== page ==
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Staying Healthy During Ramadan

Fasting during Ramadan can sometimes keep us from having a balanced diet and eating healthy. During those long hours of fasting, the temptation to stock up on carbohydrates and sugar-rich foods once we break our fast is high. But don’t fret, there are ways to stay healthy during Ramadan and stopping those extra kilograms from pilling up during the holy month. The rules applied for Ramadan are pretty much the same as those people try to stick to for a healthy living, nevertheless we have put together a few simple guidelines that will help you stay on track during the holy month. 

Don’t skip suhoor. While staying asleep sounds like a much better idea than waking up to have some suhoor, keep in mind that on non-fasting days breakfast is the most important meal of the day and the same goes for suhoor. Having suhoor provides you with some of the essential nutrients and energy you will need for those fasting hours. It will also keep acute hunger at bay and stave off headaches, fatigue and restlessness. Not only does it help you physically endure the long hours of fasting, suhoor will get your metabolic system started, which is key to keeping the unwanted weight off. Make sure all the members of your family don’t miss on this important meal during breakfast time. 

Have a wide variety of different food types. Keeping a healthy and balanced diet means that you should include foods from all the necessary food groups, including carbohydrates, proteins, fruits, vegetables, dairy products, and fat in limited quantities. This may seem like an easy task but not having as many meals during the day may stop you from taking in those all important nutrients that are vital for your health. If your children are fasting, make sure they are incorporating all the main food groups into their diet.

Eat low glycemic foods. When breaking your fast, remember that carbohydrates are classified according to their glycemic index (GI); the lower the GI the slower that food is converted into sugar and the longer it will satisfy your hunger. Controlling your blood sugar level will also stop you from overeating when you break your fast. The key to this is not to avoid eating high GI foods but to mix them with low GI foods and give yourself and your family a controlled balance.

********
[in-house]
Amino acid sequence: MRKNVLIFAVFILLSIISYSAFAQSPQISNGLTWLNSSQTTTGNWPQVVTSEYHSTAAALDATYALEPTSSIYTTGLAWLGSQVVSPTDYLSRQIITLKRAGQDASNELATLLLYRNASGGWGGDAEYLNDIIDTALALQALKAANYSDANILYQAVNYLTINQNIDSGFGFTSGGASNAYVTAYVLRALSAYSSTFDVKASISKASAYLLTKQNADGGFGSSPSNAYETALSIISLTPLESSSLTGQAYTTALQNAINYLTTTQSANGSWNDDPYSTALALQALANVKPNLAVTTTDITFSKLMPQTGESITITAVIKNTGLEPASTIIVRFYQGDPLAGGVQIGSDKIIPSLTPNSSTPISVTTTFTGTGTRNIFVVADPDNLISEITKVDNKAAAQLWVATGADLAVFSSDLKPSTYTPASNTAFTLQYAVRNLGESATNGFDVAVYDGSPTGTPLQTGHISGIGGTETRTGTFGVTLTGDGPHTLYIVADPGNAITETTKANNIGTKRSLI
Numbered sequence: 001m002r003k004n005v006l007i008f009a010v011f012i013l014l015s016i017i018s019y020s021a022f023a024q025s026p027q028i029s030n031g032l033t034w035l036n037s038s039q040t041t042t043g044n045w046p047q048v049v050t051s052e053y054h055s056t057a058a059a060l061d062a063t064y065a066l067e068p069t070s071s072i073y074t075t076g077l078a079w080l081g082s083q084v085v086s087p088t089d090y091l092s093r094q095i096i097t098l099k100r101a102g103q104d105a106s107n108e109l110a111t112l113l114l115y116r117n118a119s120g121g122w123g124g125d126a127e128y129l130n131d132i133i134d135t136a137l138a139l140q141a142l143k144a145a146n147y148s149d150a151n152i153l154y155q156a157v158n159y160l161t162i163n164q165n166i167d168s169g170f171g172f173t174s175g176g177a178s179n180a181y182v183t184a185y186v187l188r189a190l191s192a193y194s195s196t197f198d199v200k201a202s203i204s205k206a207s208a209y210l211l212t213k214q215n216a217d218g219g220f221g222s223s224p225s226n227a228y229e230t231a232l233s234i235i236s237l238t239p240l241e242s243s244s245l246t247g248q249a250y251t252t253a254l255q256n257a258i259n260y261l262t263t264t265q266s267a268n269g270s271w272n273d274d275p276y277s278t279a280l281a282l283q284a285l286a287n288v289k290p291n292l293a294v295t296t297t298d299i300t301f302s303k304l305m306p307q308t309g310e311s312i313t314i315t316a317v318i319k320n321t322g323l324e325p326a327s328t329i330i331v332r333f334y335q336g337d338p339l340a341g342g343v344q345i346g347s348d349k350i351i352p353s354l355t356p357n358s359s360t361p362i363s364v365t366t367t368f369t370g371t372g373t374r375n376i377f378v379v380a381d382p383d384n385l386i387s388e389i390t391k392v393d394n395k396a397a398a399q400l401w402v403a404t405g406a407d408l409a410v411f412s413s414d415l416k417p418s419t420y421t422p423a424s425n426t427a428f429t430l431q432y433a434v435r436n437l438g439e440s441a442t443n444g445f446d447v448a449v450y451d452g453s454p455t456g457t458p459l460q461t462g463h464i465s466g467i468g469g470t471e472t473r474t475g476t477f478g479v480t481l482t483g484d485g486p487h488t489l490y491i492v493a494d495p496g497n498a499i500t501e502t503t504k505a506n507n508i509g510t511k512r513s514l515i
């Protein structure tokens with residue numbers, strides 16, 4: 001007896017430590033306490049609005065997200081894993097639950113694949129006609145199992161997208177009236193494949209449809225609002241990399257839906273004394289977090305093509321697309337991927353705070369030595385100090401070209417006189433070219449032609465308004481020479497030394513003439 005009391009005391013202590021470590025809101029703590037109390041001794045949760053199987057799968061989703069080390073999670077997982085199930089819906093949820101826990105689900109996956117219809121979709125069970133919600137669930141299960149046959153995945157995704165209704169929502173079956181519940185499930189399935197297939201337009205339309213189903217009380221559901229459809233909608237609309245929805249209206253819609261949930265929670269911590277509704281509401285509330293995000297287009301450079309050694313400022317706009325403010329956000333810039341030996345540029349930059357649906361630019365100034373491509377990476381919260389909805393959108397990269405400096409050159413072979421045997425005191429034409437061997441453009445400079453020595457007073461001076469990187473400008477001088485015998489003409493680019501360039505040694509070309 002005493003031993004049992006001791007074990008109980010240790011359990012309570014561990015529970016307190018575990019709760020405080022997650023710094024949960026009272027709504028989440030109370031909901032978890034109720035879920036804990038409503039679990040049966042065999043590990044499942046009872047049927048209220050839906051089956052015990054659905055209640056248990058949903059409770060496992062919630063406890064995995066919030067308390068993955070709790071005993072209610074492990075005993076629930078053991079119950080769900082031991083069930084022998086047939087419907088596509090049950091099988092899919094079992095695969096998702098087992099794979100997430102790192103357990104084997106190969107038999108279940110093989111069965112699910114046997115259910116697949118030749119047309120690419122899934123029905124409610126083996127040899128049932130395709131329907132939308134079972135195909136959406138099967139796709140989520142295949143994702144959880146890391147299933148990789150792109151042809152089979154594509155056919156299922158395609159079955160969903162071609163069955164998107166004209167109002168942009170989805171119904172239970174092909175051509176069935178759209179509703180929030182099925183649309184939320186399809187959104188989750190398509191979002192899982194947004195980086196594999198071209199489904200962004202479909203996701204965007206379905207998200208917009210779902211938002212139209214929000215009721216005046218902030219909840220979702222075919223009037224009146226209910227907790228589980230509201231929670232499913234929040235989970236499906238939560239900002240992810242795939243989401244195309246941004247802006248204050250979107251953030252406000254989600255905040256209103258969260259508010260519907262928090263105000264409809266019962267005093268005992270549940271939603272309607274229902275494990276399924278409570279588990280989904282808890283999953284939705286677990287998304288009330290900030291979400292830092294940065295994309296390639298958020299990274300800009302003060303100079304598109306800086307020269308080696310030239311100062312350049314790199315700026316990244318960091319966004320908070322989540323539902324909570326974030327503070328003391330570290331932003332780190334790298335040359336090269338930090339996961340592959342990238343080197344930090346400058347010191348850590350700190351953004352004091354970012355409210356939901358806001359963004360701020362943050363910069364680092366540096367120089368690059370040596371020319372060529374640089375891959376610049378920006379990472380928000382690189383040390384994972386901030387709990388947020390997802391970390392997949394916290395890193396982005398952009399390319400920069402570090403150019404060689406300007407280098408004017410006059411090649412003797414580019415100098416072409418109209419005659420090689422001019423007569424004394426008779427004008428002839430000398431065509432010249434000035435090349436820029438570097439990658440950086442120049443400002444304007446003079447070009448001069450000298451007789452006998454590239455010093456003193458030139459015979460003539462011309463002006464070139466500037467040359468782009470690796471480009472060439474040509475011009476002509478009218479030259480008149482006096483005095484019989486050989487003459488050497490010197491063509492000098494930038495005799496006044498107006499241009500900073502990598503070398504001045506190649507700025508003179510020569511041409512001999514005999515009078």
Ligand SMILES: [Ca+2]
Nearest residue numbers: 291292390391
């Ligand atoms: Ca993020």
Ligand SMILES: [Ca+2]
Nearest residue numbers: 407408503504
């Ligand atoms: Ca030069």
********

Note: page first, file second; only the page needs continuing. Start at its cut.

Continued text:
Resort to healthy cooking. It’s Ramadan and you’re probably craving some rich, classic family recipes, but that doesn’t mean that you can’t make them in a healthier way. Try to think about some of your family’s favorite recipes and how you can make them slightly healthier by grilling instead of frying  for example or leaving out those extra spoons of oil and butter. When you can't avoid frying, such as in the case of must-have Ramadan recipes like cheese or meat samboosak, make sure you use FINE kitchen towels to absorb the excess oil. 

Lose the salt. Try to replace the salt you use when cooking meats and vegetables with garlic, dry mustard, pepper, onions and tomatoes. For those fish dishes and white meats try a sliced lemon or some lemon juice and always use herbs and spices to add flavor instead of salt. 

Drink lots of fluids. Incorporate some extra glasses of water into your and your family’s diet during Ramadan and try to limit caffeine beverages, as they do not hydrate as well as water does.